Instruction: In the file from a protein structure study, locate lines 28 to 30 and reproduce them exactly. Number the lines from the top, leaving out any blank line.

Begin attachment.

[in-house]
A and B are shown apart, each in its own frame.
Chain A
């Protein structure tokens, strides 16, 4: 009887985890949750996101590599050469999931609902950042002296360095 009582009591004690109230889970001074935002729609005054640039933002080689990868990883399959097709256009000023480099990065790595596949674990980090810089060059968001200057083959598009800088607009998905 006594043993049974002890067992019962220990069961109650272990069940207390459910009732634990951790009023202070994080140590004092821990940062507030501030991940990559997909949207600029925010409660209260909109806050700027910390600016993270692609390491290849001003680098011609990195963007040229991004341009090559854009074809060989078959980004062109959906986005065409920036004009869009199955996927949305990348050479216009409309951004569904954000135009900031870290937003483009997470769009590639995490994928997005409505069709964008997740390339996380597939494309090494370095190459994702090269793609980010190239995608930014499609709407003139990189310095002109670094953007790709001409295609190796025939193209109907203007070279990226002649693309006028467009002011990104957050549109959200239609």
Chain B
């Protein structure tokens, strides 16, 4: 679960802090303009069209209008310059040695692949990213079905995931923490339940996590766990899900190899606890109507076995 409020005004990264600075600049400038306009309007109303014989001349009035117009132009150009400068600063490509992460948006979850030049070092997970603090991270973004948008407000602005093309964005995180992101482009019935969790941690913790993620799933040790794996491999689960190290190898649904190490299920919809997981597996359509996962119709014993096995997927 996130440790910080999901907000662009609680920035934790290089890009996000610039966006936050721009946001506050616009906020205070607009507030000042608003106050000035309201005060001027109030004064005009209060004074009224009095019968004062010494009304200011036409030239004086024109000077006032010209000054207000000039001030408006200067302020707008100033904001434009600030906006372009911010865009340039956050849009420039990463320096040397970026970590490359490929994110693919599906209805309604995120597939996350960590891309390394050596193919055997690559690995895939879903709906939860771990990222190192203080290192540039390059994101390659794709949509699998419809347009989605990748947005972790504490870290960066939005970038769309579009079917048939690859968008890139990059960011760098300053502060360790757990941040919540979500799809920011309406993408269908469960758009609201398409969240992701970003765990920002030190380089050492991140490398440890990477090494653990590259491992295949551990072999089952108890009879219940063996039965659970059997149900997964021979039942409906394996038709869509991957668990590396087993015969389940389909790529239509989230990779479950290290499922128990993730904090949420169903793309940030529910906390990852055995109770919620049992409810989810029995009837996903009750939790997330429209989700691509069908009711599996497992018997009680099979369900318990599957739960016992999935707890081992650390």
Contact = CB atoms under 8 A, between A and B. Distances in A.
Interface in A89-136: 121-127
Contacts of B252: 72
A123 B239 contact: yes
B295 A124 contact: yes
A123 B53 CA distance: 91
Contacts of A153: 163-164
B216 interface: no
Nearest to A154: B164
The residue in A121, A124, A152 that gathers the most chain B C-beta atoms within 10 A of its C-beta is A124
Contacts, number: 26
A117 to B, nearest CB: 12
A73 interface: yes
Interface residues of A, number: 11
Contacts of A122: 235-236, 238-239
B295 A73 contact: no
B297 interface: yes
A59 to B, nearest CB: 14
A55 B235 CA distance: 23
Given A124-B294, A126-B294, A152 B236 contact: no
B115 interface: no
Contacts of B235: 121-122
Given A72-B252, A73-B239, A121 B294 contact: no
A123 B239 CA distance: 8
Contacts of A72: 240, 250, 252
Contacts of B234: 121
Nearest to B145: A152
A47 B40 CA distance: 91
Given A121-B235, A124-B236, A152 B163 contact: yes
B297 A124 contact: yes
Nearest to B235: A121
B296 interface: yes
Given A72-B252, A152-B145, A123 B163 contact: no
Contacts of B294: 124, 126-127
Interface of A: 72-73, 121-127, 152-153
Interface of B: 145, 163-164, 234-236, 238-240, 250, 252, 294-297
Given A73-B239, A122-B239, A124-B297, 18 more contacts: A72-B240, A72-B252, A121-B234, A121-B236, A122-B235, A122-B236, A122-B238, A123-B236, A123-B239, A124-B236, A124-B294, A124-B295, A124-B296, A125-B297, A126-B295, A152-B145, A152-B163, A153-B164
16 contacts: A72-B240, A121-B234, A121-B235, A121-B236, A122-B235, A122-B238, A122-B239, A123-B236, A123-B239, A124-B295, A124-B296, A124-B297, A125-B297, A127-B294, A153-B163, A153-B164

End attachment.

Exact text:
Contacts of B235: 121-122
Given A72-B252, A73-B239, A121 B294 contact: no
A123 B239 CA distance: 8